Food in the Bible: Genesis 26:1-3

Trying to get some focus back on what makes this blog an interesting voice in both the food and Jesus movements. We take a look at the continuation of Abraham’s promise to Isaac.

Genesis 26:1-3 Now there was a famine in the land, besides the former famine that had occurred in the days of Abraham. And Isaac went to Gerar, to King Abimelech of the Philistines. YHWH appeared to Isaac and said, “Do not go down to Egypt; settle in the land that I shall show you. Reside in this land as an alien and I will be with you, and will bless you; for to you and to your descendants I will give all these lands, and I will fulfill the oath that I swore to your father Abraham.

The reiteration of YHWH’s promise to Abraham concerning both the land and descendants comes in a particular context, famine. The author points out that there was another famine during Abraham’s time as well. The promise itself is also important. Here’s what I gleaned from this particular reading.

Nature is not your friend. Humanity is created as a part of creation, therefore we are subject to the ups and downs of nature in much the same way that all other species are. The difference may be in the amount of control and manipulation that humanity has been able to achieve. We’ll see in the Joseph story that early in humanity’s story there is some attempt to mitigate the uncertain nature of food production.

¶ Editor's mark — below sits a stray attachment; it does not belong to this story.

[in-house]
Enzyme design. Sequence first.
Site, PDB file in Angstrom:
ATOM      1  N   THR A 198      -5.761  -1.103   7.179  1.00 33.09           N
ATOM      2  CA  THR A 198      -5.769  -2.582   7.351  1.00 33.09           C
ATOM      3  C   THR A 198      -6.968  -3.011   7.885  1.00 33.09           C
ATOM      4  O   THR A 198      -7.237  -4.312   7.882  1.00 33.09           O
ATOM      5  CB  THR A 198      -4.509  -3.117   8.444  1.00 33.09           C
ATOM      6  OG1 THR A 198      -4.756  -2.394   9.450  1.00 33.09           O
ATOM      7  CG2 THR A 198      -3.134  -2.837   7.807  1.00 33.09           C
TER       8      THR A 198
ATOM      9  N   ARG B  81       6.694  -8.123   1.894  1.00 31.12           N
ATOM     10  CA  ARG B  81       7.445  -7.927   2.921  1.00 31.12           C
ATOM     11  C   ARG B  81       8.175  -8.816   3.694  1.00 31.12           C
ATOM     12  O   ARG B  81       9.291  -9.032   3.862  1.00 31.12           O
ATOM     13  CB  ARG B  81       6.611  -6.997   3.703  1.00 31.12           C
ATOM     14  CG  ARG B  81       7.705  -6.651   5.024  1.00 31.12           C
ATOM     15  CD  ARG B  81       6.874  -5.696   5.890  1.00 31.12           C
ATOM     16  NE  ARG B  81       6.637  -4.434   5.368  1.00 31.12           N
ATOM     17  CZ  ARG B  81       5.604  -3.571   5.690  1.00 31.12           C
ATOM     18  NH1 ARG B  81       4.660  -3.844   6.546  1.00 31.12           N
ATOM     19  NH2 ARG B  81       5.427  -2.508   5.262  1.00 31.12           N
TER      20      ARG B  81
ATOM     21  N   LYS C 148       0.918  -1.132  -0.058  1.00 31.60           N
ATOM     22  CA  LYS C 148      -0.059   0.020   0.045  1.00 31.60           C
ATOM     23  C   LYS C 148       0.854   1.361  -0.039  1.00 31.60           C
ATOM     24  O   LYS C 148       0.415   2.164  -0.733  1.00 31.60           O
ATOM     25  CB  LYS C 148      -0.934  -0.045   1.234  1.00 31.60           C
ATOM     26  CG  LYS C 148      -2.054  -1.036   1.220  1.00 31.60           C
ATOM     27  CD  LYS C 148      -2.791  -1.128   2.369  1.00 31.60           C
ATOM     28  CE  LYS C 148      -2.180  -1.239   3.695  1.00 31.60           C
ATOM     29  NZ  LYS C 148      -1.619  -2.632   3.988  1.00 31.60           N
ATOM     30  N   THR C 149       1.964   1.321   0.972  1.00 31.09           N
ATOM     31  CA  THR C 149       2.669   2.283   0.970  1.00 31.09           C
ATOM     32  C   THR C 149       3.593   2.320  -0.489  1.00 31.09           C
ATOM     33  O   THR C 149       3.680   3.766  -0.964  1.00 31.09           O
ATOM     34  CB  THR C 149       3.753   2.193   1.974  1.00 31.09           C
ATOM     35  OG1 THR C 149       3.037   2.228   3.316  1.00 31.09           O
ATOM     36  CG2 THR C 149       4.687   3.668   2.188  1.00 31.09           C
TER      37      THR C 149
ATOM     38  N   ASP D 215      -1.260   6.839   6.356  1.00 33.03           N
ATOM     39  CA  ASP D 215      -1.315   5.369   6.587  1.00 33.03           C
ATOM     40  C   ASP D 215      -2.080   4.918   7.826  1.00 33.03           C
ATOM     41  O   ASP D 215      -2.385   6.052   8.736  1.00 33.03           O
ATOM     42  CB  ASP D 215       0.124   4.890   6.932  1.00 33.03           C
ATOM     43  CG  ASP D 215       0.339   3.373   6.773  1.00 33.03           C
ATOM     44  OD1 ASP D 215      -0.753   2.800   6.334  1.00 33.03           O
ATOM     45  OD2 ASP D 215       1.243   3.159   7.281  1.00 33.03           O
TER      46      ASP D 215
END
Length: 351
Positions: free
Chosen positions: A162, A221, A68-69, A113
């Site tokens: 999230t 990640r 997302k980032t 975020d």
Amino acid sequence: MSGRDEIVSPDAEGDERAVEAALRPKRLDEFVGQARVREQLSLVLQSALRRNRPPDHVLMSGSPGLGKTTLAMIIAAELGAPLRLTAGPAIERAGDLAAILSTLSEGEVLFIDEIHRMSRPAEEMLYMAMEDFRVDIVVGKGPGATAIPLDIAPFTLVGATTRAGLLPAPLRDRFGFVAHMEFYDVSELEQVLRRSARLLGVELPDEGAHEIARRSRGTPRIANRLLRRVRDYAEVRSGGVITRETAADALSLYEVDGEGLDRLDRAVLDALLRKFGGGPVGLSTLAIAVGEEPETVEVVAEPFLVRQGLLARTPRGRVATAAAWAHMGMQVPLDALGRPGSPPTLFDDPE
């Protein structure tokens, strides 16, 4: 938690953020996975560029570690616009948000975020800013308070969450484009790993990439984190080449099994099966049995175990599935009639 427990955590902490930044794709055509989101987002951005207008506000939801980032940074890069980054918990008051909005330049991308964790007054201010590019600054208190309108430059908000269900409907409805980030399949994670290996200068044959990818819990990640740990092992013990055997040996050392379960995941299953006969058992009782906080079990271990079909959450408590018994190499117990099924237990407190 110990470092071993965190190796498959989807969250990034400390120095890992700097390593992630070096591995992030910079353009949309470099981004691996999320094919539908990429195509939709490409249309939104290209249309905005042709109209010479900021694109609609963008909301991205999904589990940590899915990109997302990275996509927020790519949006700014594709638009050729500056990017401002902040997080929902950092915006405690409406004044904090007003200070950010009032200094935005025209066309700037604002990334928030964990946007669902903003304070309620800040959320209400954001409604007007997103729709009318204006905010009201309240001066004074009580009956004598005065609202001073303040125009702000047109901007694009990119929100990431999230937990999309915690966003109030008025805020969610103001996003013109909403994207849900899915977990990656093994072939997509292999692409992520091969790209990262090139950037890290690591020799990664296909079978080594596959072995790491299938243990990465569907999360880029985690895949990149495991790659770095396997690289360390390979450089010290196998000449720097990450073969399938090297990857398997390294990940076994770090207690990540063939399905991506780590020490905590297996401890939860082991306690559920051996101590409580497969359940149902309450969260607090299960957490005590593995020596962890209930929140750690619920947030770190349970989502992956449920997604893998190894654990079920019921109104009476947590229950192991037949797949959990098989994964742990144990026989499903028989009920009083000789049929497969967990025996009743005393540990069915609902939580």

Streams in the desert. It is interesting that the reiteration of YHWH’s covenant occurs within the context of a famine. Promise comes in the midst of despair and futility. While it is true in today’s context that famine is not really a cause of hunger (see Myth 2 in World Hunger; post forthcoming), this idea that God makes a way where there seems to be no way is the hope that we have to offer a broken world.

Land is important. No matter how “advanced” agriculture becomes, we are and always will be dependent on the land for our survival. It’s too easy for many people today to ignore this fact. Most Americans are clueless about where their food comes from. To understand the importance of this promise we should let the fact that land is important settle in. Land is also important in a Risk kind of way (as in world domination). Land still means power, control and some sort of security. As I go through the Bible and learn more about agriculture I think this point will become clearer. I hope to explore this further.